Linksy, a Virtual Social Media War Room?

Last week we talked about how the Seattle Startup Giant Thinkwell managed to capture 9% of the twitter audience with just 20 people, a room and a plan. We thought this was an excellent story to cover for eVenues because it seems like every other month we hear about some technological innovation that “threatens to replace” face-to-face meetings. Time and again, however, we’ve found that technologies like email, Skype, and social media have not replaced face-to-face meetings at all. Rather, they’ve made meetings better.

When Interviewing Giant Thinkwell’s CEO Adam Tratt for last week’s post, we learned that Adam Loving, a developer for BigDoor, a gamification startup based in Seattle, came up with a new web tool called Linksy (still in private beta), inspired in part by the success of Giant Thinkwell’s social media war room. We sat down with Loving and asked him about it.

What does Linksy Do?

Like Thinkwell’s war room invitations, Linksy is a tool that enlists your supporters to share links to content through social media channels. Unlike the war room, however, you don’t need to send invitations, and (gasp!) you don’t need to find or book a venue.

All you have to do is input the URL of the content you’d like to share as well as a list of 20 of your closest fans (investors, executives, employees, and customers) into Linksy’s web interface. Linksy then generates an email that goes to those 20 people. The email directs them to the Linksy web site which then directs them to choose what kind of message they want to go along with the link they are to share and which services they want to share it on.

Users don’t have to sign into anything. They just open it up, click it, close it, and they go on with their day. If they care to, they can check out a dashboard which shows who happens to be driving the most clicks and traffic to the target URL.

Linksy’s Origins

Linksy’s first customer, the Startup Weekend team “Chicken Check-in.” Loving initially tested out Linksy by helping promote several Startup Weekend Projects.

Aside from Thinkwell’s war room success, part of the inspiration for Linksy comes from Loving’s experiences working for tech startups. For most startups operating on a tight budget, PR efforts largely revolve around leveraging supporter’s social networks on Twitter, Facebook, and LinkedIn.

Says Loving: ”The VP of marketing sends around an email saying: ‘Here’s the coverage we got. Here’s the link to it. Could you, first of all, tweet and “like” this? Second of all, could you go comment on this?’ A lot of times the employees don’t necessarily recognize the benefit, like if you’re a developer who has 80 followers or if you have 60 Facebook friends you’re like: ‘how does that benefit?’”

As marketers know, and early trials of Linksy have proven – every share on the social web provides benefit. Perhaps more important, Linksy rewards the influential people in your social circle by showing them just how much benefit they’ve provided through the simple act of sharing a link. People like being helpful to their friends, as long as they know what they’re doing really does help. Linksy provides them with that knowledge.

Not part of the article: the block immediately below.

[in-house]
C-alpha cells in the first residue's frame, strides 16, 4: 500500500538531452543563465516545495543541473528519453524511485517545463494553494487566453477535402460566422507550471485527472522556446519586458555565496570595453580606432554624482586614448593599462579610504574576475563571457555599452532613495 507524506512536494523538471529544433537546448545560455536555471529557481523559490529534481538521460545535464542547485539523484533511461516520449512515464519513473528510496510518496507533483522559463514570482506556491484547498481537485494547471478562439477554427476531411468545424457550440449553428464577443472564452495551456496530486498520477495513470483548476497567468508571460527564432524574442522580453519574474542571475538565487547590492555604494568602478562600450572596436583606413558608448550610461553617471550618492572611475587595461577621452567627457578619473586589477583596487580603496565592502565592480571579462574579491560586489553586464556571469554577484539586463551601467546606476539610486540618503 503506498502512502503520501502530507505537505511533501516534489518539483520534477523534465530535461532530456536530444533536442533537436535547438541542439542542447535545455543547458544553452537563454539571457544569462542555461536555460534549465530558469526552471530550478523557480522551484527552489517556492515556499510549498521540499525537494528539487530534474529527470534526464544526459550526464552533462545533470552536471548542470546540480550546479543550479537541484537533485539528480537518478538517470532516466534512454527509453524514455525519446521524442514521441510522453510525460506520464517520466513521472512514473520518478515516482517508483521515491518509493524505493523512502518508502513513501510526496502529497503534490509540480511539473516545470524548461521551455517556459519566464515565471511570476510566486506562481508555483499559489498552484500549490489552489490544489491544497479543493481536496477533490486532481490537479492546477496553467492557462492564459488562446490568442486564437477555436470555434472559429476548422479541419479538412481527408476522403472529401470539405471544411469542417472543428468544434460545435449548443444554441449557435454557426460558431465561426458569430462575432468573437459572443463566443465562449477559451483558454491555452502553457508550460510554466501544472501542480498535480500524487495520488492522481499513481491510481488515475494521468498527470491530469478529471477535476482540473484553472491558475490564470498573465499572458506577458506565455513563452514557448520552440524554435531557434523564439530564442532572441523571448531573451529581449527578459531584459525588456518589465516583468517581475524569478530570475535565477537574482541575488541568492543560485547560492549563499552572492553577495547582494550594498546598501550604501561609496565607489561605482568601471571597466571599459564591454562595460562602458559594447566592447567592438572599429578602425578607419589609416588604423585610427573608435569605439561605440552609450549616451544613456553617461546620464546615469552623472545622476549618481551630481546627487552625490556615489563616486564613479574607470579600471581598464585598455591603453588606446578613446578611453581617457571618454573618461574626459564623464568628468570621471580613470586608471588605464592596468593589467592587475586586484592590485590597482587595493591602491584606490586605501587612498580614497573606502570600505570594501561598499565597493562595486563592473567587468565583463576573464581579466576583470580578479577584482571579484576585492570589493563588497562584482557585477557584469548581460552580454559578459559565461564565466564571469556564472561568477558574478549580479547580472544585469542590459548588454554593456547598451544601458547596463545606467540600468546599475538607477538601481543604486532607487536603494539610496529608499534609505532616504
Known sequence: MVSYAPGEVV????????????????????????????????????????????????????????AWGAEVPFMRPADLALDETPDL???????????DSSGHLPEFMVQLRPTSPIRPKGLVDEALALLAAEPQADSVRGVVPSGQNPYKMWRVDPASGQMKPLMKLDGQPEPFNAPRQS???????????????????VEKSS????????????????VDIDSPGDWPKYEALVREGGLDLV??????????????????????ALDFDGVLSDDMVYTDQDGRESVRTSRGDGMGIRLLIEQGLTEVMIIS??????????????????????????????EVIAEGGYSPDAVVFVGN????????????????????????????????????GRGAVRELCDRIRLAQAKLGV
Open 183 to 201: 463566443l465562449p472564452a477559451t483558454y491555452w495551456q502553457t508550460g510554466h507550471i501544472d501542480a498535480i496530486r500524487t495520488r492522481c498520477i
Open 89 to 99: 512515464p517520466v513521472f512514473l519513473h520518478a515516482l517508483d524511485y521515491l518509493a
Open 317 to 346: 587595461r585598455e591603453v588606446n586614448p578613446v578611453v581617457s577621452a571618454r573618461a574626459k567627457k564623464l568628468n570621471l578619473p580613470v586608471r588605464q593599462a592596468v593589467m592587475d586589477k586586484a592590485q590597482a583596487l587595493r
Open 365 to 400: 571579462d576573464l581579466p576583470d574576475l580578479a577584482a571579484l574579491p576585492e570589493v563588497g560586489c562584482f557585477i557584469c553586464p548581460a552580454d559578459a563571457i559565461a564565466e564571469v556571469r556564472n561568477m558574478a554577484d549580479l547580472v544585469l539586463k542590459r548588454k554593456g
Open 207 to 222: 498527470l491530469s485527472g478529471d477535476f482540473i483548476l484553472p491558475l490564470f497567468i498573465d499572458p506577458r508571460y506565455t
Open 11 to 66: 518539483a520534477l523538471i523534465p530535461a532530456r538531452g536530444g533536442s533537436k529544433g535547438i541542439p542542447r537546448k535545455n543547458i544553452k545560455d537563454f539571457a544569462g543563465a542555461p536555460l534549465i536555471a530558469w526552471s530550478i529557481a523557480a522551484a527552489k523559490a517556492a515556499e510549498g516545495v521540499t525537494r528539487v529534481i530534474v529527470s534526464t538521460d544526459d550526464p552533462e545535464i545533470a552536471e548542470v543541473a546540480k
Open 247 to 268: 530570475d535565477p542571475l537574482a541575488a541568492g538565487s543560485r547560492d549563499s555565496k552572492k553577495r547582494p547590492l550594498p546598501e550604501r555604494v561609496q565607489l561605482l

Case Study: Linksy and Vittana

While Linksy hasn’t been put to the test with any large launches like Giant Thinkwell’s war room, it has already proven useful to help get a real idea just how well tweets and facebook shares from certain people convert into newsletter signups or dollars spent. Loving tested Linksy out by promoting a link from Vittana, a Seattle based non-profit with a website that helps users make microloans to students in developing countries. Each loan helps students get a little closer to finishing their education. After graduation, many of these students earn anywhere from 3 to 8 times more in annual income than they would have earned without a degree.

For the promotion, Loving chose Sergio, a computer science student in Paraguay, and asked ten people in his personal network to tweet out the link. Loving says that only half  of his friends participated, but even then they managed to get over 600 clicks to Sergio’s lending page. The tweet that drove the most clicks was by GroupTalent founder Andrew Kinzer, which was then retweeted by Dave Schappell, another notable influencer in Seattle’s tech community:

 

Out of the total 600 clicks Schappell and Kinzer drove about 400 of them and helped raise $50 for Sergio’s education. While $50 doesn’t sound like much, it’s not bad for just a few tweets.

Partial View: Click to See the Entire Dashboard

Does Linksy Replace a Launch War Room?

In a word: no. What Linksy does is provide a way to reach out to friends to help promote links a few times a month. This tool certainly doesn’t replace a coordinated launch effort like Giant Thinkwell’s war room. There’s simply no replacement for a coordinated team responding in real-time to social media chatter.

Linksy, rather than being a replacement for a social media war room, could actually become one of the main tools in a war room’s arsenal. By using this tool you’d be able to keep track of just whom among your friends and family are the most influential as far as driving clicks and traffic. When the time came to send out invitations to your war room, you’d be able to limit your list to a select few whom you know would really be able to help you out–thus saving you beer and pizza money…not to mention the money you’d be saving by booking a smaller, cheaper venue.

Thinking about organizing a social media war room yourself? Consider booking a one of our venues in Seattle, SanFrancisco, LosAngeles, San Jose, or Portland.

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